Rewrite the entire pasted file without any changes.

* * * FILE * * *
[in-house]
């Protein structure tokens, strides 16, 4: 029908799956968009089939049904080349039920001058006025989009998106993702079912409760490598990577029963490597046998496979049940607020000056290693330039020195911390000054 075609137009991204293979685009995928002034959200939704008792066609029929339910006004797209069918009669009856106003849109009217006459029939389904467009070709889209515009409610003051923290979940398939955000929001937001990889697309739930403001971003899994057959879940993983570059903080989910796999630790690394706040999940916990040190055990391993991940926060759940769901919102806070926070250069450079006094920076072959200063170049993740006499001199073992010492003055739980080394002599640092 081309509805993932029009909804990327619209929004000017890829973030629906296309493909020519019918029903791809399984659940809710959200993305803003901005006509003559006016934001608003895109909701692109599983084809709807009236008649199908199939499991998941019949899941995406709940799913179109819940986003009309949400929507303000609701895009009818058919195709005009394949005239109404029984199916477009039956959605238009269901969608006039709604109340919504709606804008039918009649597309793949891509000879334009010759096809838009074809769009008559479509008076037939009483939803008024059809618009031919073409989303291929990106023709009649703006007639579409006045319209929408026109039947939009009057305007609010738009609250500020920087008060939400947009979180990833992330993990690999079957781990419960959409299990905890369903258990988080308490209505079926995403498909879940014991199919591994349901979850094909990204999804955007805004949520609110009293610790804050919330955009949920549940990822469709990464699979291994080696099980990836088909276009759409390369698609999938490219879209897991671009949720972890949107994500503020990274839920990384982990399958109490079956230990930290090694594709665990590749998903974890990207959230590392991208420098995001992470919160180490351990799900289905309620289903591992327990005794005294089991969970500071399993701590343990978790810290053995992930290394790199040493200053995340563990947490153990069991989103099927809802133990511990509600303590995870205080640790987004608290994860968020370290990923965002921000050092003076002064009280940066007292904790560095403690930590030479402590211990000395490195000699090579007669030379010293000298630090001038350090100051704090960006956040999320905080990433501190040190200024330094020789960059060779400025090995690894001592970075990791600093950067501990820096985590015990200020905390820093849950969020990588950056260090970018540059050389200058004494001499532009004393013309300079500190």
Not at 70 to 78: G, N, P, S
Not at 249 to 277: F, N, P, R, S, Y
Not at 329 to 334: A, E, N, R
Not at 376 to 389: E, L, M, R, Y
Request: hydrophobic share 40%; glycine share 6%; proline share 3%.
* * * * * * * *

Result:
[in-house]
């Protein structure tokens, strides 16, 4: 029908799956968009089939049904080349039920001058006025989009998106993702079912409760490598990577029963490597046998496979049940607020000056290693330039020195911390000054 075609137009991204293979685009995928002034959200939704008792066609029929339910006004797209069918009669009856106003849109009217006459029939389904467009070709889209515009409610003051923290979940398939955000929001937001990889697309739930403001971003899994057959879940993983570059903080989910796999630790690394706040999940916990040190055990391993991940926060759940769901919102806070926070250069450079006094920076072959200063170049993740006499001199073992010492003055739980080394002599640092 081309509805993932029009909804990327619209929004000017890829973030629906296309493909020519019918029903791809399984659940809710959200993305803003901005006509003559006016934001608003895109909701692109599983084809709807009236008649199908199939499991998941019949899941995406709940799913179109819940986003009309949400929507303000609701895009009818058919195709005009394949005239109404029984199916477009039956959605238009269901969608006039709604109340919504709606804008039918009649597309793949891509000879334009010759096809838009074809769009008559479509008076037939009483939803008024059809618009031919073409989303291929990106023709009649703006007639579409006045319209929408026109039947939009009057305007609010738009609250500020920087008060939400947009979180990833992330993990690999079957781990419960959409299990905890369903258990988080308490209505079926995403498909879940014991199919591994349901979850094909990204999804955007805004949520609110009293610790804050919330955009949920549940990822469709990464699979291994080696099980990836088909276009759409390369698609999938490219879209897991671009949720972890949107994500503020990274839920990384982990399958109490079956230990930290090694594709665990590749998903974890990207959230590392991208420098995001992470919160180490351990799900289905309620289903591992327990005794005294089991969970500071399993701590343990978790810290053995992930290394790199040493200053995340563990947490153990069991989103099927809802133990511990509600303590995870205080640790987004608290994860968020370290990923965002921000050092003076002064009280940066007292904790560095403690930590030479402590211990000395490195000699090579007669030379010293000298630090001038350090100051704090960006956040999320905080990433501190040190200024330094020789960059060779400025090995690894001592970075990791600093950067501990820096985590015990200020905390820093849950969020990588950056260090970018540059050389200058004494001499532009004393013309300079500190």
Not at 70 to 78: G, N, P, S
Not at 249 to 277: F, N, P, R, S, Y
Not at 329 to 334: A, E, N, R
Not at 376 to 389: E, L, M, R, Y
Request: hydrophobic share 40%; glycine share 6%; proline share 3%.